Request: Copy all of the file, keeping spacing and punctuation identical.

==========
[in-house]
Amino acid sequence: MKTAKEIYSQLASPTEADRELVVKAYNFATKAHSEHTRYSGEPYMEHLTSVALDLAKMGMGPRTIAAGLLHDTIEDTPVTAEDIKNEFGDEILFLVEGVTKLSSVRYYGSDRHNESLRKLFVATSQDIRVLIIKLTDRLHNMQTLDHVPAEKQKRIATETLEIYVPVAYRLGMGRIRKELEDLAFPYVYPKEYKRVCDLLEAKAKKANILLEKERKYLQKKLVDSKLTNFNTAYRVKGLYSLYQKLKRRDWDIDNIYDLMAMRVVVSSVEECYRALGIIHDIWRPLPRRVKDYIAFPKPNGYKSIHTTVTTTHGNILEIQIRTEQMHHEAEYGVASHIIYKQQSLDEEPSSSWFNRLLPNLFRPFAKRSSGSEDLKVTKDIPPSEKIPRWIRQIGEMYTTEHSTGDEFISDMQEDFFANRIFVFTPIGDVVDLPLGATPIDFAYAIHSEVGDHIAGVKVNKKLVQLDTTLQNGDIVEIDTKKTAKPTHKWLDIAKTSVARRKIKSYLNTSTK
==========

[in-house]
Amino acid sequence: MKTAKEIYSQLASPTEADRELVVKAYNFATKAHSEHTRYSGEPYMEHLTSVALDLAKMGMGPRTIAAGLLHDTIEDTPVTAEDIKNEFGDEILFLVEGVTKLSSVRYYGSDRHNESLRKLFVATSQDIRVLIIKLTDRLHNMQTLDHVPAEKQKRIATETLEIYVPVAYRLGMGRIRKELEDLAFPYVYPKEYKRVCDLLEAKAKKANILLEKERKYLQKKLVDSKLTNFNTAYRVKGLYSLYQKLKRRDWDIDNIYDLMAMRVVVSSVEECYRALGIIHDIWRPLPRRVKDYIAFPKPNGYKSIHTTVTTTHGNILEIQIRTEQMHHEAEYGVASHIIYKQQSLDEEPSSSWFNRLLPNLFRPFAKRSSGSEDLKVTKDIPPSEKIPRWIRQIGEMYTTEHSTGDEFISDMQEDFFANRIFVFTPIGDVVDLPLGATPIDFAYAIHSEVGDHIAGVKVNKKLVQLDTTLQNGDIVEIDTKKTAKPTHKWLDIAKTSVARRKIKSYLNTSTK